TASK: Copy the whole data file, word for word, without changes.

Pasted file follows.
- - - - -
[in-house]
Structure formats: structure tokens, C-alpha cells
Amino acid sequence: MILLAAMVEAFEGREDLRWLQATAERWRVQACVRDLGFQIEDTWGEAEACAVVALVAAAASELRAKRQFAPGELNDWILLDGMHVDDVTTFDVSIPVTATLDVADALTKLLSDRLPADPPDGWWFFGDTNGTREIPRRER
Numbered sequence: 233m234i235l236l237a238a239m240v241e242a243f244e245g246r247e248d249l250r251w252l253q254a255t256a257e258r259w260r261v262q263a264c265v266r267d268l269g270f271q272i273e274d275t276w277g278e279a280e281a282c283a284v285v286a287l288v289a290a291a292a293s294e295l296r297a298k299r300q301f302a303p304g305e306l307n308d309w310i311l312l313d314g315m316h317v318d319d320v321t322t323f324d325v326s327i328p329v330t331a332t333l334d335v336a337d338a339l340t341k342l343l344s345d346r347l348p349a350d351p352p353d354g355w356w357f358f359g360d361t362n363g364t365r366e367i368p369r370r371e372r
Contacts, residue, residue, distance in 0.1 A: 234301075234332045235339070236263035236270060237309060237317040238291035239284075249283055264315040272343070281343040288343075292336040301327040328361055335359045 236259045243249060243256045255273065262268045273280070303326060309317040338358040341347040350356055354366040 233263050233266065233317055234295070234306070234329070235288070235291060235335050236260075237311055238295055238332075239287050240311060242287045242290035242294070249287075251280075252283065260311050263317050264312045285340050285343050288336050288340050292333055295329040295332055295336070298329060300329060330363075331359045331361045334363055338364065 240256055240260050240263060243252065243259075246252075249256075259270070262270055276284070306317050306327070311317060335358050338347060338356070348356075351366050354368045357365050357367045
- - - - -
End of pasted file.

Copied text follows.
[in-house]
Structure formats: structure tokens, C-alpha cells
Amino acid sequence: MILLAAMVEAFEGREDLRWLQATAERWRVQACVRDLGFQIEDTWGEAEACAVVALVAAAASELRAKRQFAPGELNDWILLDGMHVDDVTTFDVSIPVTATLDVADALTKLLSDRLPADPPDGWWFFGDTNGTREIPRRER
Numbered sequence: 233m234i235l236l237a238a239m240v241e242a243f244e245g246r247e248d249l250r251w252l253q254a255t256a257e258r259w260r261v262q263a264c265v266r267d268l269g270f271q272i273e274d275t276w277g278e279a280e281a282c283a284v285v286a287l288v289a290a291a292a293s294e295l296r297a298k299r300q301f302a303p304g305e306l307n308d309w310i311l312l313d314g315m316h317v318d319d320v321t322t323f324d325v326s327i328p329v330t331a332t333l334d335v336a337d338a339l340t341k342l343l344s345d346r347l348p349a350d351p352p353d354g355w356w357f358f359g360d361t362n363g364t365r366e367i368p369r370r371e372r
Contacts, residue, residue, distance in 0.1 A: 234301075234332045235339070236263035236270060237309060237317040238291035239284075249283055264315040272343070281343040288343075292336040301327040328361055335359045 236259045243249060243256045255273065262268045273280070303326060309317040338358040341347040350356055354366040 233263050233266065233317055234295070234306070234329070235288070235291060235335050236260075237311055238295055238332075239287050240311060242287045242290035242294070249287075251280075252283065260311050263317050264312045285340050285343050288336050288340050292333055295329040295332055295336070298329060300329060330363075331359045331361045334363055338364065 240256055240260050240263060243252065243259075246252075249256075259270070262270055276284070306317050306327070311317060335358050338347060338356070348356075351366050354368045357365050357367045